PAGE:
Detecting the Trend Behind the Greenhouse Gas Emissions Ranking
Satellite data shows that more than a quarter of the world’s newly added green space between 2000 and 2017 was found in China, making it the largest contributor to the global landscape’s greening.
According to the Greenhouse Gas Emissions by Country 2021 recently released by the U.S.-based World Population Review, China still leads the world in total carbon dioxide emissions, hitting 2,806,634 million tons (Mt), followed by the United States at 1,432,855 Mt, and then India, Russia, Japan, and Germany successively. However, based on the population data of the organization’s website, China’s CO2 emissions per capita do not even make it into the top ten countries with Saudi Arabia at the top of the list with 4.64 Mt, closely followed by the United States with 4.30 Mt, then Canada, Australia, Russia, South Korea, Japan, Germany, South Africa, and Iran. China ranks 11th with 1.94 Mt.
Many studies have shown the inextricable connection between population and greenhouse gas emissions. A study by Paul Murtaugh of Oregon State University indicated that “carbon legacy” of one child can generate 20 times more greenhouse gas than a person will save by recycling or using energy-efficient appliances or other means to reduce the carbon footprint. According to the Center for Biological Diversity, the size of the carbon legacy is closely associated with consumption patterns. “Under current conditions, a child born in the United States will be responsible for almost seven times the carbon emissions of a child born in China and 168 times the impact of a child born in Bangladesh,” an article posted on its website said. In addition, economic globalization can also disguise the carbon footprint of individual nations. Some emerging economies have become the world’s leading greenhouse gas emitters. But a sizable portion of those gases is generated by manufacturing consumer goods for developed countries.
After Rhodium Group published its report earlier this year on global greenhouse gas emissions in 2019, many Western media outlets hyped the fact that China’s overall greenhouse gas emissions contribute to more than 27 percent of the global total, exceeding those of the U.S. and other developed nations combined.
However, what they have ignored is the overall slowing down of China’s CO2 emissions growth over the past decade. According to the data from International Energy Agency (IEA), China saw the first peak of its CO2 emissions from coal in 2013 at 7,735 Mt, which gradually declined to 7,384 Mt in 2016. Although it later climbed to 7,637 Mt in 2018, the overall growth rate has been reduced. The growth of CO2 emissions from oil during the same period in China has also been steady at an average annual rate of 3.6 percent. Combustion of coal and oil is still the major source of the country’s CO2 emissions. During the period of 2013-2018, China’s annual CO2 emissions growth rate was 0.73 percent based on the IEA data.
Although the United States has shown an overall decline trend of its CO2 emissions over the past decade, 20 or more years ago when the country was still the world’s largest CO2 emitter, its growth rate in CO2 emissions was faster than China’s current rate of 0.73 percent. According to the IEA data, the total CO2 emissions of the United States stood at 4,952.8 Mt in 1993; the figure increased to 5,545.4 Mt in 1998 with an average annual growth rate of 2.4 percent.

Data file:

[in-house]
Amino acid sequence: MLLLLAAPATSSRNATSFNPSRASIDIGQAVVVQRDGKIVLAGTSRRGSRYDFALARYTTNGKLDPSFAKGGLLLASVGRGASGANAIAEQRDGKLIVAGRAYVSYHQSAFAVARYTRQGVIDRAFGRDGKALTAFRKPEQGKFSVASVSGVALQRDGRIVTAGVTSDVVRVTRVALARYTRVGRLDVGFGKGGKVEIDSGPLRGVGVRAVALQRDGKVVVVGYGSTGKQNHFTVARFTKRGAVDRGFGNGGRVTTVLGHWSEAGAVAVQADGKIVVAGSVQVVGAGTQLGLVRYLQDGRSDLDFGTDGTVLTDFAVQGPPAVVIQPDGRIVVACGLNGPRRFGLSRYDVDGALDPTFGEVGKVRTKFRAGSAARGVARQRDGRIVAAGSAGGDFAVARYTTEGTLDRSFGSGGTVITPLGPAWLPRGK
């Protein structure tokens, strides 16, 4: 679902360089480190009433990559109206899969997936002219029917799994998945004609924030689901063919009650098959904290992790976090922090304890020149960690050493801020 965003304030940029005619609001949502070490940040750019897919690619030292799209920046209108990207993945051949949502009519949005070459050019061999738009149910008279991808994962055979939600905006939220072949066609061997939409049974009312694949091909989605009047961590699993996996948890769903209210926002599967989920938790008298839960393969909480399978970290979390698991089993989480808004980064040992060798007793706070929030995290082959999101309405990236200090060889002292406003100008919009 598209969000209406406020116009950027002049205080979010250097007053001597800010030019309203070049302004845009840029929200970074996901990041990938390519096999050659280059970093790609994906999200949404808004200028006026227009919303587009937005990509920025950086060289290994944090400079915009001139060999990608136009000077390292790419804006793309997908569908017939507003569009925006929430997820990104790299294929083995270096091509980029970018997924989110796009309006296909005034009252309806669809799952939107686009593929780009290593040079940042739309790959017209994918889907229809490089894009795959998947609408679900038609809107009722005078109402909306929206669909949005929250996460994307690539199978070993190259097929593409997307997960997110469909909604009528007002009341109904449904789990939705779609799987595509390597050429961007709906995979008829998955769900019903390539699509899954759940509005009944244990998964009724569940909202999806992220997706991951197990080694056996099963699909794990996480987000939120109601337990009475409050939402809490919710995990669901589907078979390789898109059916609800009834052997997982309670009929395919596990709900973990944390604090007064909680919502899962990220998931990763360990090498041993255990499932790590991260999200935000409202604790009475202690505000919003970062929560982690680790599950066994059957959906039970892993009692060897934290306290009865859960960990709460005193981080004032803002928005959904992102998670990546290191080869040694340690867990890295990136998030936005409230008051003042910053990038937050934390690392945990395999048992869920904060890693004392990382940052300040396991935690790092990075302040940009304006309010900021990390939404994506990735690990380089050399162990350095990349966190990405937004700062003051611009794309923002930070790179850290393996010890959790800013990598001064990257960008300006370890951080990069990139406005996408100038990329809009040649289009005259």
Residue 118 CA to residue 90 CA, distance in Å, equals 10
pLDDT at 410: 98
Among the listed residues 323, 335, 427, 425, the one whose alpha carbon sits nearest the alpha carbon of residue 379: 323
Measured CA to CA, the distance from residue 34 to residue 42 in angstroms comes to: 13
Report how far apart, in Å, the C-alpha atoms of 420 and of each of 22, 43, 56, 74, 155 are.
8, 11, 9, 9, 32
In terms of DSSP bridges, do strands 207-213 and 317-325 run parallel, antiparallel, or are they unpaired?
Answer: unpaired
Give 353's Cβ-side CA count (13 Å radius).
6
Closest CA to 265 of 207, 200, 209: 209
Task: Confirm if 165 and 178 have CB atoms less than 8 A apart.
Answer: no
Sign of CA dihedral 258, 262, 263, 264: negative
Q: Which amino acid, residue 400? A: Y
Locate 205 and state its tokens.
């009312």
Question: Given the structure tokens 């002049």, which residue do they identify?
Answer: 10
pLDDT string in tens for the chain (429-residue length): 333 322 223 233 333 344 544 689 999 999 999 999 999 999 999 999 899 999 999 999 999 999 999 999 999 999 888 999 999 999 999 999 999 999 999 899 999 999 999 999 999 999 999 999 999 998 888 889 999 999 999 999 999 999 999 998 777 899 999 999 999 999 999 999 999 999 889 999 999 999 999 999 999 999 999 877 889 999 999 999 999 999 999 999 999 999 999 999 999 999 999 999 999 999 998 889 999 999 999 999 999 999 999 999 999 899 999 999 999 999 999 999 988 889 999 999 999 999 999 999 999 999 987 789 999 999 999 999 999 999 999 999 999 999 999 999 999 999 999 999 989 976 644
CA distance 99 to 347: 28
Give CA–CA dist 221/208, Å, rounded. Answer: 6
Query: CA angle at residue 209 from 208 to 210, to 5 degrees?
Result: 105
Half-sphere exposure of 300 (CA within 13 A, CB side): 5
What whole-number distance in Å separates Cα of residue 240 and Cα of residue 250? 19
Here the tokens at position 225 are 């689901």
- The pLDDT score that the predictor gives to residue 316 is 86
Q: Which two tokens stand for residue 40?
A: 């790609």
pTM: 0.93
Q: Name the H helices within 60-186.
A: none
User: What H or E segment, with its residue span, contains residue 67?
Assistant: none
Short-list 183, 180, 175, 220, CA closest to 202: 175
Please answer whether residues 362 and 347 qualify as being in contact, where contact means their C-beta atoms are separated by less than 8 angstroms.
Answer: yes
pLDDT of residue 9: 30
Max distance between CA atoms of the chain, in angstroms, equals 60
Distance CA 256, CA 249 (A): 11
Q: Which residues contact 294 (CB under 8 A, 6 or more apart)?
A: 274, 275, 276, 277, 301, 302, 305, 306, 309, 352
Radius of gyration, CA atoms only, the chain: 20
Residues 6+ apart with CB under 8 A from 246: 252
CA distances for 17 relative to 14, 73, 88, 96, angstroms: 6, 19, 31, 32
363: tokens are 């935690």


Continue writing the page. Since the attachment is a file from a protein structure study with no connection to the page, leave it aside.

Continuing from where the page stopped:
Since Chinese President Xi Jinping proposed China’s ambitious and inspiring goal to reach a CO2 emissions peak before 2030 and achieve carbon neutrality before 2060, China has been on the move to set phased targets and roll out specific measures to facilitate the transition. According to the 2021 Report on the Work of the Government, during the period (2021-2025) of the 14th Five-Year Plan for Economic and Social Development, China’s energy consumption per unit of GDP and carbon dioxide emissions per unit of GDP will be reduced by 13.5 percent and 18 percent respectively. China’s national carbon market started online trading on July 16, an important step for helping the country reduce its carbon footprint and cope with climate change. Carbon emissions from more than 2,000 power companies listed in the first batch of trading are expected to exceed 4 billion tons per year, thus making the market the world’s largest by volume of greenhouse gas emissions covered.
The State Council Information Office holds a press conference on China’s national carbon emissions trading market in Beijing on July 14, 2021. (Photo by Liu Jian/Xinhua)
A greenhouse gas refers to a type of gas that traps heat in the atmosphere. Greenhouse gases are key factors in increasing global warming. In the Earth’s atmosphere, primary greenhouse gases include water vapor, carbon dioxide, methane, nitrous oxide, and ozone. Of these, carbon dioxide is the most abundant greenhouse gas. Data shows that since 1970, global CO2 emissions have increased by 90 percent, with emissions from fossil fuel combustion and industrial processes contributing to about 78 percent of the total increase of greenhouse gas emissions.
The development of the Saihanba Mechanical Forest Farm, where now stands an almost 70,000-hectare stretch of forest — the world’s largest single afforested patch — is among the most representative cases of China’s afforestation.
According to China’s position paper for the UN Summit on Biodiversity, released on September 21, 2020, between 2009 and 2019, China led the world in forest and tree resource increment with a total of 71.307 million hectares of afforested land. Satellite data shows that more than a quarter of the world’s newly added green space between 2000 and 2017 was found in China, making it the largest contributor to the global landscape’s greening. Forests, grasslands, and wetlands are important carbon sinks to absorb carbon, helping a country to realize carbon neutrality.